Page 587

There is scarcely any doubt that that common stocks selling well below liquidating value represent on the whole a class of undervalued securities. They have declined in price more severely than the actual conditions justify. This must mean that on the whole these stocks afford profitable opportunities for purchase. Nevertheless, the securities analyst should exercise as much discrimination as possible in the choice of issues falling within this category. He will lean toward those for which he sees a fairly imminent prospect of some one of the favorable developments listed above (Page 583). Or else he will be partial to such as reveal other attractive statistical features besides their liquid-asset position, e.g., satisfactory current earnings and dividends or a high average earning power in the past. The analyst will avoid issues that have been losing their current assets at a rapid rate and show no definite signs of ceasing to do so.

Page 583

The objection to buying these issues (*issues selling below current asset value - liquidating value) lies in the probability, or at least the possibility, that earnings will decline or losses continue and that the resources will be dissipated and the intrinsic value ultimately become less than the price paid. It may not be denied that this does actually happen in individual cases. On the other hand, there is a much wider range of potential developments which may result in establishing a higher market price. These include the following:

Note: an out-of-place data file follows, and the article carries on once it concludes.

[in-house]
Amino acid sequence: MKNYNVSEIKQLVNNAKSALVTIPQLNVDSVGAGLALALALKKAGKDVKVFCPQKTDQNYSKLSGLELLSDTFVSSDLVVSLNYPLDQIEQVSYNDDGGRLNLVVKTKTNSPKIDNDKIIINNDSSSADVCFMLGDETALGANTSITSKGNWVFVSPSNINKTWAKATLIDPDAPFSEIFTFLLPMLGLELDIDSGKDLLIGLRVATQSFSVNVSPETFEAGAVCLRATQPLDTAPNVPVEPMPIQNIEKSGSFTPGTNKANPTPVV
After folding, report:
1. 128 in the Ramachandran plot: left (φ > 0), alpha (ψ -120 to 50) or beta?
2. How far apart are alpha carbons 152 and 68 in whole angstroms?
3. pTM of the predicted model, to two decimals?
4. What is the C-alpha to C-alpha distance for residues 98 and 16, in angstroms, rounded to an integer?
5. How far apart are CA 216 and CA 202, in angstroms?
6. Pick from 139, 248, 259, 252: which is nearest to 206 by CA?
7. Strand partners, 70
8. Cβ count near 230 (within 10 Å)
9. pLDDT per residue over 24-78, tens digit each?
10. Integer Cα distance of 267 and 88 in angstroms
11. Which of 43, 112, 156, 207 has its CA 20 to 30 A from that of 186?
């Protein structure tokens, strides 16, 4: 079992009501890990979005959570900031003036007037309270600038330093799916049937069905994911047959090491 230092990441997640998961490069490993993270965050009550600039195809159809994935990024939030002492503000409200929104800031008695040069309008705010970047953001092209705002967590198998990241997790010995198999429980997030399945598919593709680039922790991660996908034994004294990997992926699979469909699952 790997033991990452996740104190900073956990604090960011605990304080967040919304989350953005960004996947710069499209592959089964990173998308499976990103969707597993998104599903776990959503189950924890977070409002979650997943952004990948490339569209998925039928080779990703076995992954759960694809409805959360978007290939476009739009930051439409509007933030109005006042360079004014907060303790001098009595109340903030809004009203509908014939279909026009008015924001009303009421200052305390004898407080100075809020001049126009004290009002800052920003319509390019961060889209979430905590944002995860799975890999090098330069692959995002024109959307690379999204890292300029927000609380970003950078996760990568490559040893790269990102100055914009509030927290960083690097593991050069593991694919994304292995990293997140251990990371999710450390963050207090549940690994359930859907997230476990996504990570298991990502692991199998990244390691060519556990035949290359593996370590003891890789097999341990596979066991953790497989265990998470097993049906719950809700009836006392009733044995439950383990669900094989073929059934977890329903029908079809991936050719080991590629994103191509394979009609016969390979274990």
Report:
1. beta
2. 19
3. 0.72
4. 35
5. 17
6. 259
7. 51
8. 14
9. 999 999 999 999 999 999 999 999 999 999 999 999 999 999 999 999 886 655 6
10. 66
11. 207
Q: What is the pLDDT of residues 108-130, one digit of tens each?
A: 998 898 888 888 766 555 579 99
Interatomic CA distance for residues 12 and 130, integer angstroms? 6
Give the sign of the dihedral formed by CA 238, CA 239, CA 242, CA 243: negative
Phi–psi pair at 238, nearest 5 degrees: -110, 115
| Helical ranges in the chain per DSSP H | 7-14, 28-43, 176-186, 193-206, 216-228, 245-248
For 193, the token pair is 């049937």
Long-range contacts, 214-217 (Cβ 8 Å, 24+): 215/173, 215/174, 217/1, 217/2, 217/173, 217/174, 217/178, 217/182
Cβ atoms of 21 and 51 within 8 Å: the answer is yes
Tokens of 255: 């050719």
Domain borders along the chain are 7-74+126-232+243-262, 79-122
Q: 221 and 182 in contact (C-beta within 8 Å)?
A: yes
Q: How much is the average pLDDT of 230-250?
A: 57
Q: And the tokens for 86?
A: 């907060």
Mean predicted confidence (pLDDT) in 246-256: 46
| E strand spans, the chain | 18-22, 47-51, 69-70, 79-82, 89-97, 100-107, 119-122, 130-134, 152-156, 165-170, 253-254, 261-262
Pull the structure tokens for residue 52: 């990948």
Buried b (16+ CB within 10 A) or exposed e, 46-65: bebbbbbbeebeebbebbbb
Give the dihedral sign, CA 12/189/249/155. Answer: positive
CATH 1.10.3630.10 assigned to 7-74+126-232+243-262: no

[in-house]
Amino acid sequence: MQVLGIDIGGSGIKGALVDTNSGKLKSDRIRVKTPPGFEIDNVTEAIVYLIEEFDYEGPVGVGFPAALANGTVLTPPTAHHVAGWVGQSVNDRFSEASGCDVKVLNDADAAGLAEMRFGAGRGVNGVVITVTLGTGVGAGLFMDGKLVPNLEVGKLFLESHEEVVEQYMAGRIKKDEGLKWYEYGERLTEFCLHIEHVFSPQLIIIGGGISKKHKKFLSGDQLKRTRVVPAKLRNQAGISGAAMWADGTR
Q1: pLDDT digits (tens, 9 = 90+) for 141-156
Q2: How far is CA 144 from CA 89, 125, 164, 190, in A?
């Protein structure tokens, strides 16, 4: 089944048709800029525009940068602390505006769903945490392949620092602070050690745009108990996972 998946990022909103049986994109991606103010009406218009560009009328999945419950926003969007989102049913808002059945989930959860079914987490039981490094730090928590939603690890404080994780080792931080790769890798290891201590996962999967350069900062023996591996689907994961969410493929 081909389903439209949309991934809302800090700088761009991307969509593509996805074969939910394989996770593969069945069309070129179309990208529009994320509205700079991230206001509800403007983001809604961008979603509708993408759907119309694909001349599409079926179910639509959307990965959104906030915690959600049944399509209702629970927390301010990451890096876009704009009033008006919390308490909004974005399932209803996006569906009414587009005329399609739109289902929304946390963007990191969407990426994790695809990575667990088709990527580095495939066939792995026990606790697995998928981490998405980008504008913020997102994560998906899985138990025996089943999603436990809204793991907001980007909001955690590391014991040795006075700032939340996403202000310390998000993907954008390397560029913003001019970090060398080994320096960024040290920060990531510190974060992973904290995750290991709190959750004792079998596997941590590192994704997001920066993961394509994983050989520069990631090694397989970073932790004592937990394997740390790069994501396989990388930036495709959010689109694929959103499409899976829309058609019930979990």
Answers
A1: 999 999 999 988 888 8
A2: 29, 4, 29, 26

The creation of an earning power commensurate with the company’s assets. This may result from:
1. General improvement in the industry.
2. Favorable change in the company’s operating policies, with or without a change in management. These changes include more efficient methods, new products, abandonment of unprofitable lines, etc.
3. A sale or merger, because some other concern is able to utilize the resources to better advantage and hence can pay at least liquidating value for the assets.
4. Complete or partial liquidation.

Page 589

Common stocks that (1) are selling below their liquid-asset value, (2) are apparently in no danger of dissipating these assets, and (3) have formerly shown a large earning power on the market price, may be said truthfully to constitute a class of investment bargains. They are indubitably worth considerably more than they are selling for, and there is reasonably good chance that this greater worth will sooner or later reflect itself in the market price. At heir low price these bargain stocks actually enjoy a high degree of safety, meaning by safety a relatively small risk of loss of principal.